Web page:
Long story short, if the Steelers and Packers get to be discussed as candidates while their dismal stretches are ignored, then the Bears are every bit their equal. Frankly the Bears are light years ahead of the Steelers if you consider their entire body of work.
The Bears have a winning record against every team they’ve faced more than 20 times with the exception of the Colts (they are 12-12 versus the Falcons) including every team mentioned here except the Cowboys.
Hey, we agree on something. Charles Martin was a thug, a cheap shot artist, a criminal, and a disgrace to the Packer uniform.
But Ditka is the main reason the Bears failed to establish the dynasty, not Charles Martin. Once he lost Buddy Ryan, it took him awhile, but he was able to dissolve a potential dynasty team into a bunch of also rans in a few short years.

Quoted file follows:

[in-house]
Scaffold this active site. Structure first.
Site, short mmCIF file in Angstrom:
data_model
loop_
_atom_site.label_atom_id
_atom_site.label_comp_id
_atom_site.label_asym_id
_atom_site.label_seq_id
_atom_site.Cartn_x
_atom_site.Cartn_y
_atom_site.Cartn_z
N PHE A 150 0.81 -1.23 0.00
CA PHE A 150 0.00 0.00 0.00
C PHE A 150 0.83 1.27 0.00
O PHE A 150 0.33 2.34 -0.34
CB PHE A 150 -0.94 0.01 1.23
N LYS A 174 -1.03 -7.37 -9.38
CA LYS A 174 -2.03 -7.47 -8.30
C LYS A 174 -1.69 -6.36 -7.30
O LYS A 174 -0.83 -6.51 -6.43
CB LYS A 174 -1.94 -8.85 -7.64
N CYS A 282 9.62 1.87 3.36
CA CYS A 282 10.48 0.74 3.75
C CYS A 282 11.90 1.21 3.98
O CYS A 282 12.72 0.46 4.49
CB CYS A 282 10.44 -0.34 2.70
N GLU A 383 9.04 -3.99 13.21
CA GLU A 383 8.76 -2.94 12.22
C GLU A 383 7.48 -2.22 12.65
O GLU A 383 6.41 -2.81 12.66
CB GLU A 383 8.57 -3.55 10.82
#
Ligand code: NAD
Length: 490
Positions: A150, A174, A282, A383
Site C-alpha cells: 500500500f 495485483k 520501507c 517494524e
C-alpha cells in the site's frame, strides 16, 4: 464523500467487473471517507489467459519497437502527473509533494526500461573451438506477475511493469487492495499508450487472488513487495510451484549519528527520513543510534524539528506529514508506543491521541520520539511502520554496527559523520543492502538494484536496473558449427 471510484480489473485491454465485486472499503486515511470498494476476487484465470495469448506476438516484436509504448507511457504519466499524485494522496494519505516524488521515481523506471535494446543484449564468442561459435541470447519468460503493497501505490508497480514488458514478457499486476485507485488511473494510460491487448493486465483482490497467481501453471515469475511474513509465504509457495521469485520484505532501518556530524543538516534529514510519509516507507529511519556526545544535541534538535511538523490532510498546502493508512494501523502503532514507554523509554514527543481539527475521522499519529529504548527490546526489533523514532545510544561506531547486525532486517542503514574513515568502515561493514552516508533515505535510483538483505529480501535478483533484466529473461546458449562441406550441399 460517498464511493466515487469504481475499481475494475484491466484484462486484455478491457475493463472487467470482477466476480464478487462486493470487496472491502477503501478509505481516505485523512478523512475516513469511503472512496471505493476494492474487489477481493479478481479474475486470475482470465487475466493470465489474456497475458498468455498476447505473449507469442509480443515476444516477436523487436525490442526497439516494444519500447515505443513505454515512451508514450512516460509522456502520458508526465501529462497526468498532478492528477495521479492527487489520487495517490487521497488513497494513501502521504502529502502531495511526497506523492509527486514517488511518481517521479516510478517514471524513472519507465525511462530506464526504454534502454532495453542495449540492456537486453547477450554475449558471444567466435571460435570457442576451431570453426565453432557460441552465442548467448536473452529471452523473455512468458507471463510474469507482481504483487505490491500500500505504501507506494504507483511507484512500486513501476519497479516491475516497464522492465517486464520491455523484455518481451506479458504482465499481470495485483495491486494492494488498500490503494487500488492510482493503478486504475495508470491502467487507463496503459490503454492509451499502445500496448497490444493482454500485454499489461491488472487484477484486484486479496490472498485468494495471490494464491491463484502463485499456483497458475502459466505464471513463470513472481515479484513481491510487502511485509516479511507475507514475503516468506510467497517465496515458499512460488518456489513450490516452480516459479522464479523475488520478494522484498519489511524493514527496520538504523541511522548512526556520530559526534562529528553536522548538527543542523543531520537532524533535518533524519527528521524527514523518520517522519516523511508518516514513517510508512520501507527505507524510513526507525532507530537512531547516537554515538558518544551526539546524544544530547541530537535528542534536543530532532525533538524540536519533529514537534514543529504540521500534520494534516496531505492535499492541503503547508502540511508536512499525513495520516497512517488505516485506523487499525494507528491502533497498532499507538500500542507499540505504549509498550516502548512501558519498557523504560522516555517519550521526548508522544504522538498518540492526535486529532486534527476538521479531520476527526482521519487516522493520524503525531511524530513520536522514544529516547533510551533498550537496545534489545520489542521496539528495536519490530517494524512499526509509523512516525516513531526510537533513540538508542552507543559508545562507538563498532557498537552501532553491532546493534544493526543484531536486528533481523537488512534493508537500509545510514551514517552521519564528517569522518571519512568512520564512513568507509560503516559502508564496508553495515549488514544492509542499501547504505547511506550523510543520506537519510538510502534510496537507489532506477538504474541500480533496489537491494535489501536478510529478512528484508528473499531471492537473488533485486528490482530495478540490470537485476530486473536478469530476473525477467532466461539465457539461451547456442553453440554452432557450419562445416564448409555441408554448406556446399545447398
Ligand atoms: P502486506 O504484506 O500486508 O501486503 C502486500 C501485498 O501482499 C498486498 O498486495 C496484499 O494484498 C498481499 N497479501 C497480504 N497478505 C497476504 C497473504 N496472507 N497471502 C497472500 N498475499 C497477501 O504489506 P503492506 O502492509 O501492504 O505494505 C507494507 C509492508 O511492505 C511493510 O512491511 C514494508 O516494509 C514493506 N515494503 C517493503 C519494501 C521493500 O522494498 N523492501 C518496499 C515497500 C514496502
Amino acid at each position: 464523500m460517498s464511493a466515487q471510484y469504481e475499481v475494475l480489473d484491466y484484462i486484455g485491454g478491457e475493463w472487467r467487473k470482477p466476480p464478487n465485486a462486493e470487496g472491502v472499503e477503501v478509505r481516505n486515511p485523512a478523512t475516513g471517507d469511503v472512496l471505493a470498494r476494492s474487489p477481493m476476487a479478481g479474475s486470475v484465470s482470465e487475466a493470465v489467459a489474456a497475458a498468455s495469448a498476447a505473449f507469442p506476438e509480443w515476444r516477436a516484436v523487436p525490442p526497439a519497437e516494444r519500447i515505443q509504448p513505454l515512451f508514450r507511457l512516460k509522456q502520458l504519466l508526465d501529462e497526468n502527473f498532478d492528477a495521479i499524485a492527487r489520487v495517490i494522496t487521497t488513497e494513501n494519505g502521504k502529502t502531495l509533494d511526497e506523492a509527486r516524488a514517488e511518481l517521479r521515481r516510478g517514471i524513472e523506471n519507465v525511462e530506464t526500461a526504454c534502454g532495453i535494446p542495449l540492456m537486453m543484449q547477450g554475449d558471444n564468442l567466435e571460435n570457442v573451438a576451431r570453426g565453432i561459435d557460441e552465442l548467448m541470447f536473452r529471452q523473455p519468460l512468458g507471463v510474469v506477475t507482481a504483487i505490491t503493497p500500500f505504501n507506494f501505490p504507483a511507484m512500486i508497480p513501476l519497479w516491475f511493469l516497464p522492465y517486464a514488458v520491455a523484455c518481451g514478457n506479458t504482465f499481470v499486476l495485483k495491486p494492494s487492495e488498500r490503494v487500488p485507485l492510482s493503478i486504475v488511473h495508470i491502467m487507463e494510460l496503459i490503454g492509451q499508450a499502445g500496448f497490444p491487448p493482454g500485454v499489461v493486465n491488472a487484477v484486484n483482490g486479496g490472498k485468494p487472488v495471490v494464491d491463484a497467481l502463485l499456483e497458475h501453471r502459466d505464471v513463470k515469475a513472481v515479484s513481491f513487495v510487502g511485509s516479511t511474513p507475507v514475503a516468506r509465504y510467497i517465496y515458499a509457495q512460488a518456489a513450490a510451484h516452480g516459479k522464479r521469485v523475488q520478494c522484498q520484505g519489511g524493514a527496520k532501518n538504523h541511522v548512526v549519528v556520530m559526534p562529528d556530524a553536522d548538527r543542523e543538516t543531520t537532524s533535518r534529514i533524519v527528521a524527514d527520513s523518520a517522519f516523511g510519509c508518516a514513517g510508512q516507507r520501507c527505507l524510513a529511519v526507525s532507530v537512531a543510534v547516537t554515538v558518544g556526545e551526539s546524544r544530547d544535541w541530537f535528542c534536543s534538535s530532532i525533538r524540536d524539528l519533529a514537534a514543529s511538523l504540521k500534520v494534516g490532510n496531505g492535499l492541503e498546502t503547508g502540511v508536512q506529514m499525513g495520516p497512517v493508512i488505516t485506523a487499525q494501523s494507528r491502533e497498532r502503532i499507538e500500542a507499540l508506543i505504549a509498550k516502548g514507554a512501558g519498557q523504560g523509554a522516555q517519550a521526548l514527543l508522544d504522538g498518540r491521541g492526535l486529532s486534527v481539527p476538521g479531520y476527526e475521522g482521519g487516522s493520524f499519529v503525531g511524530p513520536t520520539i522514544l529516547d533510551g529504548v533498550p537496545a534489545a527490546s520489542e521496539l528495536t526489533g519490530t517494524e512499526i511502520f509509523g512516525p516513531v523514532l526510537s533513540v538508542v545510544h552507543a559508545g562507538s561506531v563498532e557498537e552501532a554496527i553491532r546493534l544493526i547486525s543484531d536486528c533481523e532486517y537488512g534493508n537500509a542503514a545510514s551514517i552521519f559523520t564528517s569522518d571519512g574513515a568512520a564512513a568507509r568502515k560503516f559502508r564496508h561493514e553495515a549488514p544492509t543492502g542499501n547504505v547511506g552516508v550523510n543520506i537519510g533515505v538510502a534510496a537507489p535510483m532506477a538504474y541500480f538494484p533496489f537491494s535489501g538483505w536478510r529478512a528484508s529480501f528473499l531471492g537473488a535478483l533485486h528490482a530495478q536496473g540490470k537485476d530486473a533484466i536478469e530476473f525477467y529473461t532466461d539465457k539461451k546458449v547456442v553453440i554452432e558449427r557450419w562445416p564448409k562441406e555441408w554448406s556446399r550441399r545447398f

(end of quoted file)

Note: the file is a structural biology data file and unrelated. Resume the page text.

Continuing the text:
Indeed. That was the era in which I was ashamed to be a Packer fan. With guys like Martin, Ken Stills, Mossy Cade, and Chuck Cecil, it was clear that Forrest Gregg didn’t understand the difference between “tough player” and “thug”.
<laughing> To put the name of the Bears in the same sentence with the Niners of the 80s/90s is laughable. To be considered GREAT, you actually have to, you know, win things. Like more than one Super Bowl.
The Bears had one short stint as kings of the hill, relatively speaking (the 30s and 40s). They’ve been mostly mediocre the rest of the time, and when not mediocre, were less accomplished than other teams of the time (viz Packers in the 60s, Niners in the 80s). They are also rans, indeed, almost the very definition of also rans.
It wasn’t Ditka that ended the Bears in the 80s, it was the New York Football Giants.